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I'm back with another cool sword, tell me about it, please


Karenfc
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Karen,

Welcome to the Club! We'd love to hear the story behind your gunto - how did you come about owning it? Is there a story between you and the war? etc.

 

Kiipu is correct. Called a Type 95 NCO gunto (army sword). Amazingly, only 3 numbers from my own, 2643! The model was commissioned in 1935. This first version, with copper handle and office-styled saya (scabbard) was made for less than a full year (working from memory - late 1937 to July '38). Just a few more than 6,000 produced.

 

You can read about them here:

 

http://www.warrelics.eu/forum/Japanese-militaria/ija-type-95-nco-sword-info-228172/

 

http://www.warrelics.eu/forum/Japanese-militaria/short-development-history-type-95-gunto-676112/

 

and

 

http://ohmura-study.net/957.html

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My husband is the military collector,  he doesn't want to know anything about computers.  I'm the computer person.  I have offered to gently teach him,  but to no avail.  My Grandfather enlisted in the Army during WWI,  my Dad enlisted into the Army,  April 1943,  he was 19.  Served as a Surgical Technician (with an 8th grade education!).  Discharged December 27,  1945.  Northern France and possibly Africa.  He never talked about it,  except when he would have a little too much to drink during the holidays.  One story he told was when he had to go to the bathroom in the middle of the night,  was walking through some trees and a sniper took a shot at him,  he said his legs froze up and he just fell over,  which probably saved him.  He was able to crawl into some brush and hide out.  My nephew enlisted after 9/11.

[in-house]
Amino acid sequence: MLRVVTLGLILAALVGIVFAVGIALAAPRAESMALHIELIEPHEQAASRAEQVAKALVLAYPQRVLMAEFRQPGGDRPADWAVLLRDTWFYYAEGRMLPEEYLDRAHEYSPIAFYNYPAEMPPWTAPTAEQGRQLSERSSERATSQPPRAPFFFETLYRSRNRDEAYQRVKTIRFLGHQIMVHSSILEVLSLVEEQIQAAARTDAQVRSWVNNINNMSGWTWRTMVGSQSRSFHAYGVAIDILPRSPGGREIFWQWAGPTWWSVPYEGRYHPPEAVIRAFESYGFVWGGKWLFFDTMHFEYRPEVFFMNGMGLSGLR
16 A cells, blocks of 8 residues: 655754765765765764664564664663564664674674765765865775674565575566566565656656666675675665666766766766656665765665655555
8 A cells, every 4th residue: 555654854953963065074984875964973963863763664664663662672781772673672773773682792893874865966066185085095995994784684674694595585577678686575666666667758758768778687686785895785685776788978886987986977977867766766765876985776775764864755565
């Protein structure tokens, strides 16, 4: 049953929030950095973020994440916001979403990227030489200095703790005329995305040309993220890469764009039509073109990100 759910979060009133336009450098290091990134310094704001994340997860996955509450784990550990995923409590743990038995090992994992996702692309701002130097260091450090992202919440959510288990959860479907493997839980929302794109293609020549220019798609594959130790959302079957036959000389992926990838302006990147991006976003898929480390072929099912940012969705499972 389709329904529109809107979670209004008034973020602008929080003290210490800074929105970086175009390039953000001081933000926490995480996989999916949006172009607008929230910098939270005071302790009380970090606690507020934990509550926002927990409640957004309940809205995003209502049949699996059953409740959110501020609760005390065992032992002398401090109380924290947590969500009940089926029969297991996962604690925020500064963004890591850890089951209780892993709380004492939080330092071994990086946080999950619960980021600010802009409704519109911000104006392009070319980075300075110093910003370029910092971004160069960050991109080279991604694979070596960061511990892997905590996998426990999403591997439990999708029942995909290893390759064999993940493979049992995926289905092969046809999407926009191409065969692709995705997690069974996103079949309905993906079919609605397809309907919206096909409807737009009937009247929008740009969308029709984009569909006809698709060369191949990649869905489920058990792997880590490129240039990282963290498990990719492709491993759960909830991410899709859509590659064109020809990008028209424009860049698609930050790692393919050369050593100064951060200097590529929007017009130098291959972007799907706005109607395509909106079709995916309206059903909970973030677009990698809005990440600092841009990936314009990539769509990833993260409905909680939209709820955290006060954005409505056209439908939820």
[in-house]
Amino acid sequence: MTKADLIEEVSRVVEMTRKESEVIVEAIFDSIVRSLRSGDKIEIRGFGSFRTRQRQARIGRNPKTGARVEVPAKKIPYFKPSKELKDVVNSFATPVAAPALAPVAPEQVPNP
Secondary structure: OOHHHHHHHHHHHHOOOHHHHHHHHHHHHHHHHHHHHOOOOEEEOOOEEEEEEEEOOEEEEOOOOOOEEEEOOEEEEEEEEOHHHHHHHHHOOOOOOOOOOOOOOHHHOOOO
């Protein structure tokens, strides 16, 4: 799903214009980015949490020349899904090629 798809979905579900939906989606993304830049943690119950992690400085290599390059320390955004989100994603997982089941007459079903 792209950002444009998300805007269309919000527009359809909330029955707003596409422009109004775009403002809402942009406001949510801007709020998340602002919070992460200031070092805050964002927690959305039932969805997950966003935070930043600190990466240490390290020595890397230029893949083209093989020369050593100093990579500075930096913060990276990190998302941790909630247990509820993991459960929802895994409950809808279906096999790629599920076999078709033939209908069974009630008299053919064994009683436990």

We frequent local flea markets,  garage sales,  etc.  My husband has built up quite a rapport with the regulars and they tend to save things for him.  This is one of 2 swords he purchased from the same dealer,  who is now deceased.  He told us it belonged to his uncle,  who had been murdered near the end of the war.  That's all we know about it.

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Karen please do not throw the sword on the ground. Handle it with care and lay it on pillows. Oil the balde slightly with a good choji oil or a dont smelling fine machine oil. 

This sword is worth to preserve it for the coming generations. Honour it.

 

Make sure not to see any oil drops on the blade to destroy the wooden inlay in the saya.

 

As Stephen said these sword is an investment it will rise in price over the years.

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Karen get a old rag and lightly oil the saya.

I see vaule has not been talked about. Copper handels bring a premium price.

3 to 6K range for premium condition. Take care of the saya please.

+1

There's one on fleabay at the moment, it's been there for a couple months and he is asking 5.2k. for serial # 3436